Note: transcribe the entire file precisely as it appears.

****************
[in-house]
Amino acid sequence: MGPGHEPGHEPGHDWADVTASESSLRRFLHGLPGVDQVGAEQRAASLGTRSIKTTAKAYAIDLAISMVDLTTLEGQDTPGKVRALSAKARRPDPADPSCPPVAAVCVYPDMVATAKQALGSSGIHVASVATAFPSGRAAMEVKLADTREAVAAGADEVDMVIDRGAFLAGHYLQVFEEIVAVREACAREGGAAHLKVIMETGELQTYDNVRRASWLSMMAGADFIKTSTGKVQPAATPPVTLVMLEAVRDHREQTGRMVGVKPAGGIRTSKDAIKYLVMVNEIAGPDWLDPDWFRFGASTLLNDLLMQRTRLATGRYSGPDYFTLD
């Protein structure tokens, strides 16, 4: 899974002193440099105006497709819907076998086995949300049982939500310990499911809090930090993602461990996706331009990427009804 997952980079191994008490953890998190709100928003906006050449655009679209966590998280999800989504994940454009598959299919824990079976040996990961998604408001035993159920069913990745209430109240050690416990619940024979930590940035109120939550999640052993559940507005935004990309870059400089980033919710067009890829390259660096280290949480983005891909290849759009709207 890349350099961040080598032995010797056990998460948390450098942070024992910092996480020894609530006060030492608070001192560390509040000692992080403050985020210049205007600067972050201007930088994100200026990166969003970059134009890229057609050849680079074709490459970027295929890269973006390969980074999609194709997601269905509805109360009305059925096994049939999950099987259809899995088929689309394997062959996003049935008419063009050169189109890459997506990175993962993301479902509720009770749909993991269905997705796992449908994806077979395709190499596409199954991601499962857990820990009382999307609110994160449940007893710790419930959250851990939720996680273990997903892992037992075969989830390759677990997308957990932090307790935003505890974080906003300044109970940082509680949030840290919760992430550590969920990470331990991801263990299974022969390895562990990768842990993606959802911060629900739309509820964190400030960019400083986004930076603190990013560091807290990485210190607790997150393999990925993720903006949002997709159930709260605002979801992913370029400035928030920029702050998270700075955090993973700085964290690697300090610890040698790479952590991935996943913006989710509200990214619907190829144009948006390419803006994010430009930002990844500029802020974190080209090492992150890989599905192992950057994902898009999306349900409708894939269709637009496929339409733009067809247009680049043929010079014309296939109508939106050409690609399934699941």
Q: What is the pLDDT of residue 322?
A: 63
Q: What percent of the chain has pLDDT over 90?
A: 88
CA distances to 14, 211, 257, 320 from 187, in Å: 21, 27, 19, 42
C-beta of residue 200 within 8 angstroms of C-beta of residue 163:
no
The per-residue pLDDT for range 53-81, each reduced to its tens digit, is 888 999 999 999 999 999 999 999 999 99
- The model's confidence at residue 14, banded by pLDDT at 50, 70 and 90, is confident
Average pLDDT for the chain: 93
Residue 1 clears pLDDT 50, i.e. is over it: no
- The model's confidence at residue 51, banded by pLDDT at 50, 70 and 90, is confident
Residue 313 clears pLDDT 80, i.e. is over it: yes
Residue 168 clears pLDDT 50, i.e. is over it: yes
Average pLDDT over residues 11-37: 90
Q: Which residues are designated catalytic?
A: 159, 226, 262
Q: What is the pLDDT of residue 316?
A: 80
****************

[in-house]
Amino acid sequence: MGPGHEPGHEPGHDWADVTASESSLRRFLHGLPGVDQVGAEQRAASLGTRSIKTTAKAYAIDLAISMVDLTTLEGQDTPGKVRALSAKARRPDPADPSCPPVAAVCVYPDMVATAKQALGSSGIHVASVATAFPSGRAAMEVKLADTREAVAAGADEVDMVIDRGAFLAGHYLQVFEEIVAVREACAREGGAAHLKVIMETGELQTYDNVRRASWLSMMAGADFIKTSTGKVQPAATPPVTLVMLEAVRDHREQTGRMVGVKPAGGIRTSKDAIKYLVMVNEIAGPDWLDPDWFRFGASTLLNDLLMQRTRLATGRYSGPDYFTLD
């Protein structure tokens, strides 16, 4: 899974002193440099105006497709819907076998086995949300049982939500310990499911809090930090993602461990996706331009990427009804 997952980079191994008490953890998190709100928003906006050449655009679209966590998280999800989504994940454009598959299919824990079976040996990961998604408001035993159920069913990745209430109240050690416990619940024979930590940035109120939550999640052993559940507005935004990309870059400089980033919710067009890829390259660096280290949480983005891909290849759009709207 890349350099961040080598032995010797056990998460948390450098942070024992910092996480020894609530006060030492608070001192560390509040000692992080403050985020210049205007600067972050201007930088994100200026990166969003970059134009890229057609050849680079074709490459970027295929890269973006390969980074999609194709997601269905509805109360009305059925096994049939999950099987259809899995088929689309394997062959996003049935008419063009050169189109890459997506990175993962993301479902509720009770749909993991269905997705796992449908994806077979395709190499596409199954991601499962857990820990009382999307609110994160449940007893710790419930959250851990939720996680273990997903892992037992075969989830390759677990997308957990932090307790935003505890974080906003300044109970940082509680949030840290919760992430550590969920990470331990991801263990299974022969390895562990990768842990993606959802911060629900739309509820964190400030960019400083986004930076603190990013560091807290990485210190607790997150393999990925993720903006949002997709159930709260605002979801992913370029400035928030920029702050998270700075955090993973700085964290690697300090610890040698790479952590991935996943913006989710509200990214619907190829144009948006390419803006994010430009930002990844500029802020974190080209090492992150890989599905192992950057994902898009999306349900409708894939269709637009496929339409733009067809247009680049043929010079014309296939109508939106050409690609399934699941």
Q: What is the pLDDT of residue 322?
A: 63
Q: What percent of the chain has pLDDT over 90?
A: 88
CA distances to 14, 211, 257, 320 from 187, in Å: 21, 27, 19, 42
C-beta of residue 200 within 8 angstroms of C-beta of residue 163:
no
The per-residue pLDDT for range 53-81, each reduced to its tens digit, is 888 999 999 999 999 999 999 999 999 99
- The model's confidence at residue 14, banded by pLDDT at 50, 70 and 90, is confident
Average pLDDT for the chain: 93
Residue 1 clears pLDDT 50, i.e. is over it: no
- The model's confidence at residue 51, banded by pLDDT at 50, 70 and 90, is confident
Residue 313 clears pLDDT 80, i.e. is over it: yes
Residue 168 clears pLDDT 50, i.e. is over it: yes
Average pLDDT over residues 11-37: 90
Q: Which residues are designated catalytic?
A: 159, 226, 262
Q: What is the pLDDT of residue 316?
A: 80